Warty comb jelly Sea walnut - Mnemiopsis leidyi
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Also this year we met the Mnemiopsis leidyi, Warty comb jelly – Sea walnut. Fortunately, we have seen only a few of them, so at least for now there hasn’t been the invasion of Mnemiopsis leidyi that we witnessed a few years ago.
Remember that Mnemiopsis leidyi is one of the many alien species of the Mediterranean Sea and that it is not a jellyfish!
Mnemiopsis leidyi is a ctenophore belonging to the Bolinopsidae family, it is mistaken by many for a jellyfish due to its conformation and its transparency, but in reality it is a carnivorous animal that feeds on zooplankton, including crustaceans and other ctenophores, as well as larvae and fish eggs.
Its excessive proliferation highlights a sea that in that stretch of coast is certainly “sick” in fact Mnemiopsis leidyi develops in degraded environments, in this case from abnormal marine heating, but can easily develop in eutrophic environments due to excessive use of fertilizers and pesticides in agriculture which then pour into the sea or into oxygen-poor waters due to human activities or even in brackish waters such as those of river estuaries.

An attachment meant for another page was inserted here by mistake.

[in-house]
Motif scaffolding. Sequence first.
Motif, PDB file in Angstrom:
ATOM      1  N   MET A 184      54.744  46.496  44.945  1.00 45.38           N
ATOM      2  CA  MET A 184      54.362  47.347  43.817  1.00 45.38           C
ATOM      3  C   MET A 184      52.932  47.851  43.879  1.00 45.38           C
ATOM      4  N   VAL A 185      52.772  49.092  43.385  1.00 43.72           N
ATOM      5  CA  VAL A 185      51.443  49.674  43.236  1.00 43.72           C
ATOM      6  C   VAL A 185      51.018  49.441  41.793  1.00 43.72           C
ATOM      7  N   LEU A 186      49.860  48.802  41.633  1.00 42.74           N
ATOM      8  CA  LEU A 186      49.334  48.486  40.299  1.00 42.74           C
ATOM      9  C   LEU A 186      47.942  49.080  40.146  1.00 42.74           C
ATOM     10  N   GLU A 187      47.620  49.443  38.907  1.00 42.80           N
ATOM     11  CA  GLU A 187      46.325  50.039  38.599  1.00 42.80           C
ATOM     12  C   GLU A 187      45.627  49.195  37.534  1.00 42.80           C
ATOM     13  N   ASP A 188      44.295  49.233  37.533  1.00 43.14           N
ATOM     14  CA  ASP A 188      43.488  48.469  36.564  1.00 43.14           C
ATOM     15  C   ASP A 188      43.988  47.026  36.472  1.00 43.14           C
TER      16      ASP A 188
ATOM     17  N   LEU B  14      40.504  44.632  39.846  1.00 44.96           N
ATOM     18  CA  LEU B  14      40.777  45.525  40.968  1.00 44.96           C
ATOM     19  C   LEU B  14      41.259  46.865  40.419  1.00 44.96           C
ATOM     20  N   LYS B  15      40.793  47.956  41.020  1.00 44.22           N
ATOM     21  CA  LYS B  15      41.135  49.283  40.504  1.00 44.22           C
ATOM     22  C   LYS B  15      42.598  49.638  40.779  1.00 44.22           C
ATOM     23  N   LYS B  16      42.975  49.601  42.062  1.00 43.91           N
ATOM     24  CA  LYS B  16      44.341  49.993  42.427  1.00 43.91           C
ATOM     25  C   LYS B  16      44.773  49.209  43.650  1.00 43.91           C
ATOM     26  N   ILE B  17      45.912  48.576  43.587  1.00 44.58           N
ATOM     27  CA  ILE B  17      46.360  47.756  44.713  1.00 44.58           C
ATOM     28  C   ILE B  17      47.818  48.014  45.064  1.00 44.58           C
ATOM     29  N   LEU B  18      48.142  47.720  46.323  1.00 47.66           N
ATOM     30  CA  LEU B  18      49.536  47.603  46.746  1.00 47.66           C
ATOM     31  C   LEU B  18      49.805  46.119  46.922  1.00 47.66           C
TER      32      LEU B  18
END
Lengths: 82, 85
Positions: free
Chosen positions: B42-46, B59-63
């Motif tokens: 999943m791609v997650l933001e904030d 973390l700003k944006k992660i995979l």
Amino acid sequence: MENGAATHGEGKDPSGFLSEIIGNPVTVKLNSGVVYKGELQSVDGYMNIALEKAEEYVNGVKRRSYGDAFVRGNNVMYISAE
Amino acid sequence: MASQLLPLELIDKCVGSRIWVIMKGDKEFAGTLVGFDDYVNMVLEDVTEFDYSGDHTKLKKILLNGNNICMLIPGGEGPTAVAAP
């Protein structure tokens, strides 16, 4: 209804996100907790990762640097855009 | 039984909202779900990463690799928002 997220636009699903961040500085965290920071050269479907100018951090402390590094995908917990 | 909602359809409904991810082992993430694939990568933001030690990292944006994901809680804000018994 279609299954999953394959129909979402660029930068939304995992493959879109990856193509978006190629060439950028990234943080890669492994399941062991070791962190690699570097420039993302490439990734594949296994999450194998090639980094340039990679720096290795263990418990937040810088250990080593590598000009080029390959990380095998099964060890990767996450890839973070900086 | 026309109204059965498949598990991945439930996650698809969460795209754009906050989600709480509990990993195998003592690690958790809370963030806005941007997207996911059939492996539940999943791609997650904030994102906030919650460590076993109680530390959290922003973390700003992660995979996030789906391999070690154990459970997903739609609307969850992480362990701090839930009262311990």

Mnemiopsis leidyi is to be considered an alien species. Sea nut (Mnemiopsis leidyi A. Agassiz, 1865) is a ctenophore belonging to the Bolinopsidae family. It is a species native to the Atlantic introduced with ballast water from tankers in the Black Sea, the Baltic and the Caspian. Over time it has also colonized other seas until it reached the entire Mediterranean Sea.
Mnemiopsis has been included in the list of 100 of the most harmful invasive species in the world.
The damage is due to its prolificacy and its zooplankton-based diet. It has been calculated, for example, that its presence is at the origin of the 80% decline in zooplankton in the Caspian Sea. Its introduction into the Black Sea had strong repercussions on the environment and economy.
In other seas its impact was important, albeit minor, probably due to the presence of predators or other planktophages. The harmfulness derives from the consequences of its development (it adapts very easily to new environments, bearing large variations in temperature), since the decrease in zooplankton directly or indirectly reduces local fish populations.